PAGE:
The V-twin engine, however, was hardly the only element that has been significantly altered.
“We’ve pretty much taken the frame drawing (of the Gilroy Chief) and wiped all of the dimensioning and tolerances clean and just started from scratch and asked, ‘All right, how should this frame be engineered?’” Bernauer said.
All of these engineering efforts are aimed at convincing the public that “the mentality and strategy here is more of an OE manufacturer than a custom bike manufacturer,” Bernauer said.

Dealer plan
In 2000, a year after the initial Gilroy Indian model was launched, the number of North American dealers selling it swelled to more than 170. That same pace to build a dealer network from scratch won’t be repeated by the new company.
Kings Mountain has set an initial target of 100 dealers, although it doesn’t expect to reach that level until possibly its third year. From the outset, Julius says the company decided to focus on finding dealers for the largest U.S. markets, those the company defines as its “A” and “B” markets. These two markets, according to company and industry estimates, represent more than 40 percent of the industry’s total sales. Indian would like to have 30 dealerships within those “A” and “B” markets.
The company is seeking to have stand-alone, single-brand dealerships in those large markets.
“We’re not to the point where we’re saying if you can’t give us 10,000 square feet on a major freeway and build it exactly like we’re telling you, then we are not interested in talking with you,” Bernauer said of the company’s discussions with potential dealers. “That’s not it. That’s not it all at.”
However, that’s not to say the company doesn’t believe the stand-alone brand concept isn’t critical, believing the consumer experience, and hence dealer profitability, can be infinitely better in such a retail environment. That’s why they’ve created a blueprint for a 10,000-square-foot Indian dealership, pinpointing everything from the exterior architecture to the paint color and custom, branded furniture for the interior.
“In terms of inside the store, the color scheme and the materials, we’re asking that they all do it in the same way to brand that in the mind of the consumer,” said Indian President Steve Heese, noting how important the brand experience can be in determining a retail sale by asking, “How many BMWs would they sell in a gravel parking lot with a doublewide as an office?”
“This is a lifestyle company, a lifestyle brand,” Julius said, explaining why the company is pushing the single-brand concept. “Certainly heavy cruisers are a lifestyle choice.”
Consumer surveys back that notion up. The 2007 J.D. Power and Associates’ new bike buyer survey found the No. 1 reason for purchasing a specific brand by cruiser owners was the brand’s image. It was more than three times more important than a bike’s reputation for performance.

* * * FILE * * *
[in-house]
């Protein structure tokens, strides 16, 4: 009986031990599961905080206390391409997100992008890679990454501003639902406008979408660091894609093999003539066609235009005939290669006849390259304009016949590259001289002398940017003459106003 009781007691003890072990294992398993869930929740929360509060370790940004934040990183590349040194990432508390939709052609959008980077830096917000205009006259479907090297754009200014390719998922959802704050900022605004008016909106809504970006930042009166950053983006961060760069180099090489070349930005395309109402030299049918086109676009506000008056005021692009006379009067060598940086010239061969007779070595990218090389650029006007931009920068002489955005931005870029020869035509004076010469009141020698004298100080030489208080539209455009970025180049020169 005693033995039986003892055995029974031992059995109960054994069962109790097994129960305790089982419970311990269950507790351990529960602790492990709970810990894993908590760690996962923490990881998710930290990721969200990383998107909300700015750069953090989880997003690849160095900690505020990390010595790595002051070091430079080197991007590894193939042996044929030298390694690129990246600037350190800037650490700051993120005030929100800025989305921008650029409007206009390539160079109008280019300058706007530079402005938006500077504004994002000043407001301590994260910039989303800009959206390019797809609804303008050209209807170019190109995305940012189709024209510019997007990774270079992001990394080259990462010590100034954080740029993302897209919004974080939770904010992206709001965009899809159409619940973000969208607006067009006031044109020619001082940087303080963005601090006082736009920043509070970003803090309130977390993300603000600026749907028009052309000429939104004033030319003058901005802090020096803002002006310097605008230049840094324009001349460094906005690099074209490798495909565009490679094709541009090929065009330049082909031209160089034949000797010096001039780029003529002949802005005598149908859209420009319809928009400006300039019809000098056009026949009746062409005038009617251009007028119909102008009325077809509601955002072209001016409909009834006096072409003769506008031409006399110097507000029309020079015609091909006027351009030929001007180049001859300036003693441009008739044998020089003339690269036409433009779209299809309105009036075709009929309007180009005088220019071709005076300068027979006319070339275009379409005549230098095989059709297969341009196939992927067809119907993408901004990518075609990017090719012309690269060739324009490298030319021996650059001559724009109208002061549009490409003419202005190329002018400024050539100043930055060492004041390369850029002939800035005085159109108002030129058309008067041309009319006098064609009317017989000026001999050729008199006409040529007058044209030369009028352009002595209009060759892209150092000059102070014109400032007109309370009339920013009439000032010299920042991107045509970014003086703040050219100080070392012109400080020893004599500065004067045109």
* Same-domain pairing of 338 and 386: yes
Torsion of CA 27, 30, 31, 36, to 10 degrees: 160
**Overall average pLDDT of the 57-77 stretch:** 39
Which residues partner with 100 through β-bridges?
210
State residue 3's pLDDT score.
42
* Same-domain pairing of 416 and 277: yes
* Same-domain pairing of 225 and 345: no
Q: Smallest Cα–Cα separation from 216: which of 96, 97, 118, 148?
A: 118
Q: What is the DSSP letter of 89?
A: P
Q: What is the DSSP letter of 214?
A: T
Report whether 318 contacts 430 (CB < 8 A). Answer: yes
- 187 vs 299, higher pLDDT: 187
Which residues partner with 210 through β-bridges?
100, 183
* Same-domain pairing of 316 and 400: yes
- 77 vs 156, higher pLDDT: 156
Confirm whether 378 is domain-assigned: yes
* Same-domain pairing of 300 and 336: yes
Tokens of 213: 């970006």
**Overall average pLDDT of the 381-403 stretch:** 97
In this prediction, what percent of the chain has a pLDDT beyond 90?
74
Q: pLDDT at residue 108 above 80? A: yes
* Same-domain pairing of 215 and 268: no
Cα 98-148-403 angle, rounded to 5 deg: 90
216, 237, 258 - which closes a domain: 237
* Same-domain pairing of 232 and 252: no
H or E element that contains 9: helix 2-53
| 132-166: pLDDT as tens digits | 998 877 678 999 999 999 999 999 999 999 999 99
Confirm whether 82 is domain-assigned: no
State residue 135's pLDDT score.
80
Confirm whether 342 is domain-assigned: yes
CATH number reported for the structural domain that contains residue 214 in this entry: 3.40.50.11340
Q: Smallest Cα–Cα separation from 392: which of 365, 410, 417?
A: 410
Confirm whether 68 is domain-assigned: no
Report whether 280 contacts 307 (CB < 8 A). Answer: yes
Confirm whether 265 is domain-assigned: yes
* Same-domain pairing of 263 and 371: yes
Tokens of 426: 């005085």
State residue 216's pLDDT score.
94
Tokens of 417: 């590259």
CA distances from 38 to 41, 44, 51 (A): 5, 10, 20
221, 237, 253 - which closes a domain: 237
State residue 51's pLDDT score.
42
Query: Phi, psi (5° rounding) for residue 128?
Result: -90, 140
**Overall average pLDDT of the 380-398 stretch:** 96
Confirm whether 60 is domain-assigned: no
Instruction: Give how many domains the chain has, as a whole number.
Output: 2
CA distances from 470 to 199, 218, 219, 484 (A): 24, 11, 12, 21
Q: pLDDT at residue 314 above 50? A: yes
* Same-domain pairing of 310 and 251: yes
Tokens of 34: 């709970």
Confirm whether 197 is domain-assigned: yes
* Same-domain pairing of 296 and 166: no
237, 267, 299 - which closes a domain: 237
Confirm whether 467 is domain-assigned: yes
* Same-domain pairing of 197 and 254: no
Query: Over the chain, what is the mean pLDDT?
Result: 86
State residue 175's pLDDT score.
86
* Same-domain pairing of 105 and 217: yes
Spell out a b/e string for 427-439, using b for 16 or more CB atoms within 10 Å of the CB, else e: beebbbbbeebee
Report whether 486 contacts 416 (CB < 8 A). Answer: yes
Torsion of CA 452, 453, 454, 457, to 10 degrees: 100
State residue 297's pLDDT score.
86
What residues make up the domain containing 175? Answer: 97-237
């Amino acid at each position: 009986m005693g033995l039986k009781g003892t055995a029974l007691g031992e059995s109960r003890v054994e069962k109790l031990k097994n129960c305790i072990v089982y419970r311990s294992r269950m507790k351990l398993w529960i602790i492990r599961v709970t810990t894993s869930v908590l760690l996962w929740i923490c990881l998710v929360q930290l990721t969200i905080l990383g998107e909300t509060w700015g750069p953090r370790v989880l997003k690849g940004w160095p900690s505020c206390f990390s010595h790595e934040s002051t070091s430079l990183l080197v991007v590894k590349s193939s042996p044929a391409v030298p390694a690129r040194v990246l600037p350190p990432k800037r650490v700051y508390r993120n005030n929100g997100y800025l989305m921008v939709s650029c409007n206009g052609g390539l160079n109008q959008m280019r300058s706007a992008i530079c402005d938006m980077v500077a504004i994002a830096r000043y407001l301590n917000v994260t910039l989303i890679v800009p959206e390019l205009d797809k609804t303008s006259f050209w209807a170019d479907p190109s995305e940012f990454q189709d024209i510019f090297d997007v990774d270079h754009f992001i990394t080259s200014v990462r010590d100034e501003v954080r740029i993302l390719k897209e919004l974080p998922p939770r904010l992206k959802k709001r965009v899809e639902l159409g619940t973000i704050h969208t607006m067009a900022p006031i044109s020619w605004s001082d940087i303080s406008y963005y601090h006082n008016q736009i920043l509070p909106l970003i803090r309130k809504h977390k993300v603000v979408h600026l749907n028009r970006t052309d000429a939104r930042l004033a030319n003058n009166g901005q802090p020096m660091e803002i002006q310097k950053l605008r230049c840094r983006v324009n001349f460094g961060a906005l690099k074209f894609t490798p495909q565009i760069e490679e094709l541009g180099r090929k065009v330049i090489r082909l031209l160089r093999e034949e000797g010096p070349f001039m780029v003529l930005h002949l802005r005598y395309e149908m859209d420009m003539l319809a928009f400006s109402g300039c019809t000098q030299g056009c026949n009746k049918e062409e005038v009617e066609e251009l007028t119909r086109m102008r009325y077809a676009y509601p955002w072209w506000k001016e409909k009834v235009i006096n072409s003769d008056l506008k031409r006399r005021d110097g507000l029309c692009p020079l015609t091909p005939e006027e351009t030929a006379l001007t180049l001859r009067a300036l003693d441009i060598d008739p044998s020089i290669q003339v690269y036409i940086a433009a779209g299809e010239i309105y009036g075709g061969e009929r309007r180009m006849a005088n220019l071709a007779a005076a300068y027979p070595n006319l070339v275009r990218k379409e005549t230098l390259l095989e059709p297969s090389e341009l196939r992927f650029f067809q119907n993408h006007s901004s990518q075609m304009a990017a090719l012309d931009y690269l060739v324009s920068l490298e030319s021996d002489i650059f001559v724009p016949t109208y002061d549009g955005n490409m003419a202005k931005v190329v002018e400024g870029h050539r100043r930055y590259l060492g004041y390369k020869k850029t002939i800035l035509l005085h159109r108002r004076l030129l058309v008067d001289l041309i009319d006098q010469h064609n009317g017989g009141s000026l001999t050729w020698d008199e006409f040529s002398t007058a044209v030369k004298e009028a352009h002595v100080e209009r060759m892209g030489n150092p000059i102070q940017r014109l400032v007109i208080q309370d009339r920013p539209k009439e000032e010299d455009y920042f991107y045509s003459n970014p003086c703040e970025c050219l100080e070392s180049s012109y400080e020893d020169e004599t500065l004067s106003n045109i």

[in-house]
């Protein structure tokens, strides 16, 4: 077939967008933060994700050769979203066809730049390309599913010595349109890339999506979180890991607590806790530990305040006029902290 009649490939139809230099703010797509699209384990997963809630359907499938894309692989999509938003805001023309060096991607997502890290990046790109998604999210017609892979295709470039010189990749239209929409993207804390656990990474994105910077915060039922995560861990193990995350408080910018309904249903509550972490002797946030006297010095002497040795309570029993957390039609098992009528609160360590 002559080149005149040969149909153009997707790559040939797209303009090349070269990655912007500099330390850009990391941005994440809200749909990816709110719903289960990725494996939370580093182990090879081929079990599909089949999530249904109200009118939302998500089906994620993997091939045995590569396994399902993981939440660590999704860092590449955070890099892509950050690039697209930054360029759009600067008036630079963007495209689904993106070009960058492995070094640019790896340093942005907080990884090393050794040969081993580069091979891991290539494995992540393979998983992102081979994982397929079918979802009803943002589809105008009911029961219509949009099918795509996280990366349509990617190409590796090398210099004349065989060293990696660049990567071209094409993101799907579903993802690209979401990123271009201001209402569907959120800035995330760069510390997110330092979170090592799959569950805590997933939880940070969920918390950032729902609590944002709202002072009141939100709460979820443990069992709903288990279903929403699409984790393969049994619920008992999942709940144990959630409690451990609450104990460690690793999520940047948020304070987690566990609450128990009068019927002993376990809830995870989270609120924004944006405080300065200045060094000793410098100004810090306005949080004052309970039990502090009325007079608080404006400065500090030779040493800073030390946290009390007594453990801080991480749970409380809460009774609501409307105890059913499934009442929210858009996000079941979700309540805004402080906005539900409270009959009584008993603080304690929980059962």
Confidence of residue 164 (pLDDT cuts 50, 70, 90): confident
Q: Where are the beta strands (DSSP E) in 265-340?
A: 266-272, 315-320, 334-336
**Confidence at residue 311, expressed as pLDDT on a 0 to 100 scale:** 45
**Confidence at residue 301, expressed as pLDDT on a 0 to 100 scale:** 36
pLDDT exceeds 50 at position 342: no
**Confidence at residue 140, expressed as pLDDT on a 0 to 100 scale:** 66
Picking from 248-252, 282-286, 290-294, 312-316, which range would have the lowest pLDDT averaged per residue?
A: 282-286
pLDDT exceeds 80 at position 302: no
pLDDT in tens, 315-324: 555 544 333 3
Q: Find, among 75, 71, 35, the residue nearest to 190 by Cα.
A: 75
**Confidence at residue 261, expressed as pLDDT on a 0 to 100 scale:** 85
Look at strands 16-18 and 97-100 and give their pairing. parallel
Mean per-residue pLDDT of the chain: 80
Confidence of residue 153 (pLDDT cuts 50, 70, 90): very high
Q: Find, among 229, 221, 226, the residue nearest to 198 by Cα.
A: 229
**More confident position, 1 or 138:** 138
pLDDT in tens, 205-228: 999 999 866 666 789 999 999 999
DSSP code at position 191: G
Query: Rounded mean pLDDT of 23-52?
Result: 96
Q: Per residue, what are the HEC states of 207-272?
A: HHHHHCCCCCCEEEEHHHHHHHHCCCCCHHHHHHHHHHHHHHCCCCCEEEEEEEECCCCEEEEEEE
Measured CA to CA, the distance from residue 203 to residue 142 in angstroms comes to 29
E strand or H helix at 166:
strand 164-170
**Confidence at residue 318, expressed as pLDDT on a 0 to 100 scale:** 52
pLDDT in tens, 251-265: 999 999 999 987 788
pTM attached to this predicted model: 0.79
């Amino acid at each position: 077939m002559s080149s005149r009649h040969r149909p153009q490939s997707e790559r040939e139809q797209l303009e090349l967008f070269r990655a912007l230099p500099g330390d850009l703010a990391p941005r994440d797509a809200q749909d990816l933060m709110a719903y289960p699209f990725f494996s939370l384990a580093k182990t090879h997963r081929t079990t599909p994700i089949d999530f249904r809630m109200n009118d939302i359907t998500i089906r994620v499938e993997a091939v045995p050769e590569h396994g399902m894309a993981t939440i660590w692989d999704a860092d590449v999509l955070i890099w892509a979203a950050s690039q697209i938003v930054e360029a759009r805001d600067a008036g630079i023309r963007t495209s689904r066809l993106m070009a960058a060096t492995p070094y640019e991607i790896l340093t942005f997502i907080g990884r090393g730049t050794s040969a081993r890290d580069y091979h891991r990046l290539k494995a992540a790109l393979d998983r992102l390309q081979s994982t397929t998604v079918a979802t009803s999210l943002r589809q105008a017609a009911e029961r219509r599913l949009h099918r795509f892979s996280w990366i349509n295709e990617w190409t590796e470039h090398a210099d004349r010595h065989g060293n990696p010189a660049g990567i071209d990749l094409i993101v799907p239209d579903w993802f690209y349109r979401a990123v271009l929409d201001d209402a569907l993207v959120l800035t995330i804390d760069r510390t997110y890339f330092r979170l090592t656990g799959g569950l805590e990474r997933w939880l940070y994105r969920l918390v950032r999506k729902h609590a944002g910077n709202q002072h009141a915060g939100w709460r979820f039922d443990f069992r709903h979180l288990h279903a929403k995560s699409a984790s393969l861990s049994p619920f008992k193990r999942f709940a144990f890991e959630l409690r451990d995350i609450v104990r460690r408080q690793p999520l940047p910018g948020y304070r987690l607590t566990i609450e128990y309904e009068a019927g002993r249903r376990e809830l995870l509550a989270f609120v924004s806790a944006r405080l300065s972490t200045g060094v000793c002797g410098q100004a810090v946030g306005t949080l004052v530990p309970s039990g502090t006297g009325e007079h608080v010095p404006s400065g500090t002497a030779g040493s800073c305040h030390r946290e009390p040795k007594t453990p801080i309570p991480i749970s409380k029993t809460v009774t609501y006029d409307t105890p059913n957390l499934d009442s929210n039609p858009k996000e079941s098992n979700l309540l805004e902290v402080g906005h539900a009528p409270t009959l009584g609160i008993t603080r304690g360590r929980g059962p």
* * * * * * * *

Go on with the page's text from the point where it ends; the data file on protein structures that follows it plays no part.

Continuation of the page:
“Bottom line,” Bernauer said, “is we want our dealers to be successful. We want them to be profitable.
“If they’re not profitable selling Indian Motorcycles, then chances are they are not investing in the brand and investing in our customers and taking great care of our customers, and then we all lose.”
That’s not to say some future Indian Chiefs won’t be sold in multibrand dealerships. In fact, they could outnumber the stand-alone stores. Julius says the smaller U.S. markets, which Indian has designated as “C” markets, might not be large enough to financially support stand-alone stores, meaning Indians could wind up in multibrand stores.
“Do we like it? No,” Julius said of Indian being in multibrand stores. “Do we accept it? Yes.”

The premium strategy
At Kings Mountain, the premium sector of the cruiser business is an initial foray and a testament to where company officials believe the brand initially belongs. It is not, however, a final destination.
“As we look over the next ten years, we will be developing product that will allow us to come with prices in the $20,000s,” Julius said, noting the company will next look at a Scout model after the Chief is launched. “But that’s down the road. Initially we have to build a business that makes sense. In this particular environment, taking a premium position makes a lot of sense.”
Julius did just that with another American heritage brand, Chris-Craft boats. Similar to Indian, Julius took the brand from a start-up position and slowly built it to what it is today, a $60 million business that sells premium products.
“If we hadn’t taken a premium position with Chris-Craft, we would be suffering like the rest of (the boating industry), which has halved in size in the last three years,” Julius said, noting Chris-Craft’s revenue grew about 5 percent last year.
Company officials note their announcement that Indian will start in the premium category has not, at least initially, had a chilling effect on interest or sales. In fact, officials said the number of consumers who have reserved bikes increased after Indian provided the first public details on their 2009 models, including the price tag.
Like the premium-branded Chris-Craft, Julius is shooting to make Indian profitable within three years.
“We need to be because if we’re going to invest in new platforms and new products,” Julius said, before pausing and adding, “capital investment in a motorcycle business is huge. So being profitable is not something that’s a bonus, it’s essential to existing, to having a future.”
To ensure the company has a future, Julius and his staff have studied the business models of not only existing brands, like Harley-Davidson, Ducati and Triumph, but those that did not make it, like Excelsior-Henderson.
“We’ve been very, very rational in what we’re doing,” Julius said. “Whether we succeed or not is another matter. But in terms of justifying why we’re doing it this way, we’ve thought very carefully about this.
“We would like to prove to the world that Indian has a reason to exist, that there is genuinely an opportunity for a second American heritage brand. It was that way in the past. There’s no reason why it shouldn’t be again.”